What’s blood got to do with it?

Leading with menstruation to deliver the whole sexual and reproductive health package for girls in Latin America.

By Andrea Novella, Regional Manager, Social Media, PSI LAC, and Lorena Villeda, Regional Social Media Specialist, PSI LAC

Daniela didn’t understand what was happening to her body the first time she menstruated. Nobody had fully explained what would happen. She had only heard that her period was “dirty,” that on ¨those days, women act crazy¨ and that it was “like being sick.”

She remembered what her mother had once told her— that with the onset of menstruation she must be careful as “boys could be dangerous”–but Daniela never really understood how her periods related to boys. She was curious but struggled to find a trustworthy source of information about her menstrual health and hygiene without being shamed or judged.

Daniela is not alone. Girls across Latin America face similar challenges. The stigma and lack of information around menstrual health prevents them from having a holistic understanding of their sexual and reproductive health and taking charge of their health, their bodies, and their lives.

Girls face a poverty of choice and agency when it comes to their sexual and reproductive health, directly impacting their opportunities for development. Misinformation on the menstrual cycle (including the most fertile days) increases the risk of unplanned adolescent pregnancies, contributing to the high teen pregnancy rates in the Latin America region, where 1 in 4 pregnancies are among underage youth. (Source: 2017, Pan American Health Organization, United Nations Population Fund, and United Nations Children’s Fund)

Changes to menstruation are one of the most frequently cited concerns around using modern contraception. Using the digital tool Social Listening, a software designed to identify keywords and phrases across user content posted on online channels, PSI Latin America conducted an analysis of all public social media conversations around the topic of menstruation and found that one of the top words used in relation to the word menstruation is “contraception”.


When girls don’t understand the whole picture of their sexual and reproductive health, inclusive of their menstrual health, they can’t make the best decisions for themselves and their futures. That’s why PSI Latin America is leveraging technology to increase information and access to sexual and reproductive health (SRH), including menstrual health and hygiene, and contraception for youth. As part of the Youth 3.0 program, PSI Latin America is using youth-friendly brands, such as Úsala Bien (¨Use it Well ¨in Spanish) and Ubi Bot—a digital self-counseling tool powered by artificial intelligence—to provide young people with on demand SRH information through popular digital platforms, such as Instagram, Facebook, and WhatsApp, to take charge of their health in a fun and engaging way. Not only do these digital platforms promote SRH, Úsala Bien and Ubi Bot help connect young people to peer outreach workers who provide online contraceptive counseling and referrals to youth-friendly healthcare service providers.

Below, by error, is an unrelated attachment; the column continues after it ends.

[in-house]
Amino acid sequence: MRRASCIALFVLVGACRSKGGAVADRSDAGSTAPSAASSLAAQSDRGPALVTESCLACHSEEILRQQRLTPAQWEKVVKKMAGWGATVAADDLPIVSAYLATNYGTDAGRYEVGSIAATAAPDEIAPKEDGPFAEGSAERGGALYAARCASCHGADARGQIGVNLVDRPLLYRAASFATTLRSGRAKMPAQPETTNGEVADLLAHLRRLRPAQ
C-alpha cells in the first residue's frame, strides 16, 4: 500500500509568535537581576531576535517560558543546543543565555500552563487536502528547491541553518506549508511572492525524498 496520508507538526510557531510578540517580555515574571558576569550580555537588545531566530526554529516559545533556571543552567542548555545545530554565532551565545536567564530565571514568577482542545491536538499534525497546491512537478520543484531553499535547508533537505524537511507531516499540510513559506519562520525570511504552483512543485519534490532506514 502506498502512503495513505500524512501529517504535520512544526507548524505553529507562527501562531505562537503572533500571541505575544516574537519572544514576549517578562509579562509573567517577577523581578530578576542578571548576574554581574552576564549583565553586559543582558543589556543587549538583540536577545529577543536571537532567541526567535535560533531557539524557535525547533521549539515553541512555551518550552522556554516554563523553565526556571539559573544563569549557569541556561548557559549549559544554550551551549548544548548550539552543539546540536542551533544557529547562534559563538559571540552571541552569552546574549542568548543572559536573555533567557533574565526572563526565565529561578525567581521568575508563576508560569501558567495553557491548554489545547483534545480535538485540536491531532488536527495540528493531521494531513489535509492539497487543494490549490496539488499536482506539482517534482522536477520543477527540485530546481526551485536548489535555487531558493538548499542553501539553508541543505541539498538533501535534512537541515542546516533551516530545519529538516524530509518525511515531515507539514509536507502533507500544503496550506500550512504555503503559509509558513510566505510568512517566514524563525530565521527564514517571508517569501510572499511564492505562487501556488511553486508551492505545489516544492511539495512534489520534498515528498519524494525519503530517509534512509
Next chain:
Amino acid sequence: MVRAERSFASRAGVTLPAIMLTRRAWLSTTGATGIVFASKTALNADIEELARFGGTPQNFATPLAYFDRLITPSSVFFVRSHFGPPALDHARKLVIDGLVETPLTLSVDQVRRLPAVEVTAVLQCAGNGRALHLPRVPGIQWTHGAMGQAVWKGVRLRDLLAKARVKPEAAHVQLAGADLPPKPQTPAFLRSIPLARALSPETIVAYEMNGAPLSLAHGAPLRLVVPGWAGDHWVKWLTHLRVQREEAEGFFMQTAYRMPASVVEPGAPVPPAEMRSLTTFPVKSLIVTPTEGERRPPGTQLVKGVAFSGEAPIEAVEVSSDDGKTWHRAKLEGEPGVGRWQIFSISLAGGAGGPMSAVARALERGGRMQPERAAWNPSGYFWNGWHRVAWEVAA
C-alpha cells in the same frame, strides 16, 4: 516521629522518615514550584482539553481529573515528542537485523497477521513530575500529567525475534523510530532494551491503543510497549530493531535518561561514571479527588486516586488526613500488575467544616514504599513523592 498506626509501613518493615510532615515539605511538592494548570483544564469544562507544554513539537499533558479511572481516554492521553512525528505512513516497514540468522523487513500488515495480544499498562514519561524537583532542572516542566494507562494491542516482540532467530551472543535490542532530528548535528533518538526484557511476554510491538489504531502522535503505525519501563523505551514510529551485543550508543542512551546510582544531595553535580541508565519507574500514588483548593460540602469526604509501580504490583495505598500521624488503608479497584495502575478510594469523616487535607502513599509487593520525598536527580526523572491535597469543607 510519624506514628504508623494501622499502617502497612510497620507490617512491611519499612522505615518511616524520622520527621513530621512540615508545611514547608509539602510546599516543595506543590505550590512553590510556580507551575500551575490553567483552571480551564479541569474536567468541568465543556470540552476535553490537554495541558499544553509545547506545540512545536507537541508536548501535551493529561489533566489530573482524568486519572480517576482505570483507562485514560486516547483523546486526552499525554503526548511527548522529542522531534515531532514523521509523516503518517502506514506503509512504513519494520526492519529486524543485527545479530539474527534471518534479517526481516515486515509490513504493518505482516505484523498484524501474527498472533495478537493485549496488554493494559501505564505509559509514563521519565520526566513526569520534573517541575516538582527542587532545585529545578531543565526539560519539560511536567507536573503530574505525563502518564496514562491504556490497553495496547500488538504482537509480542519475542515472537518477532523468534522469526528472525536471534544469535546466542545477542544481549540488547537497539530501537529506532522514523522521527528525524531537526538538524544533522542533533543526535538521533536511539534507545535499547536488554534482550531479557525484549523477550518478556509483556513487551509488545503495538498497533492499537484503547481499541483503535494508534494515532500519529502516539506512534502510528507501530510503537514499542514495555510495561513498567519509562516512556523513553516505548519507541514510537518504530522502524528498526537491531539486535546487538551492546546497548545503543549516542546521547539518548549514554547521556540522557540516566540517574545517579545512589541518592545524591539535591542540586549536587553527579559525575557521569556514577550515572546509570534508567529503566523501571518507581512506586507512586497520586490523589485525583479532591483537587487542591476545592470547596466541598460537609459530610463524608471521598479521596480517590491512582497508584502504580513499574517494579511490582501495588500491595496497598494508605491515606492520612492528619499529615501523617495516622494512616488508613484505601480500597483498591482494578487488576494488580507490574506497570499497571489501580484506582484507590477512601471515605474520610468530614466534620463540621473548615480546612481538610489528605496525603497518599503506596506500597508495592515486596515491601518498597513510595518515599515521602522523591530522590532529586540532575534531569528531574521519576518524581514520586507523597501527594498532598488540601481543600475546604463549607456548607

And menstruation is proving to be a critical way to open the conversation with young people to talk about their sexual and reproductive health.

From January through August of this year, 23 million young people in Guatemala, Honduras, Nicaragua, El Salvador and the Dominican Republic were exposed to PSI Latin America’s health messaging across over ten different online touchpoints, including the Ubi Bot page, which garnered 287.5K direct conversation messages across the region. (Sprout Social, results from Facebook and Instagram January through August 2020). The PSI Latin America team found that content around menstrual health garnered significantly more engagement on their digital platforms. Compared to the 3% standard engagement rate, informational posts about menstrual health had 20% engagement with audiences, increasing the pages’ reach in providing sexual and reproductive health messaging and connecting young people to providers for contraceptive counseling. (source: PSI Technical brief for the Integration of Menstrual Health in SRHR).


Daniela feels fortunate. Scrolling through Instagram, she found an interesting post about menstruation and fertile days posted on the Ubi Bot feed. There, she discovered a safe space where she could turn for support along her sexual and reproductive health journey. Through videos and articles posted on Ubi Bot´s page, she began learning about her menstrual cycle and how it links to pregnancy, as well as different types of contraceptives. Eventually, after chatting with Ubi Bot on messenger, she was referred to a nearby healthcare provider using her GPS location, where she received a consultation and IUD insertion, an option that she never would have considered before talking to Ubi.

This past weekend we celebrated World Contraception Day, a day on which Daniela’s story highlights the need to continue supporting youth who too often have limited access to menstrual health education and contraception. However, with innovation and technology, we have seen how we can bridge that gap, by reducing stigma and providing access to the information and services for young people to live healthier lives and transform their future.

Banner image courtesy of Flickr/Lon&Queta.

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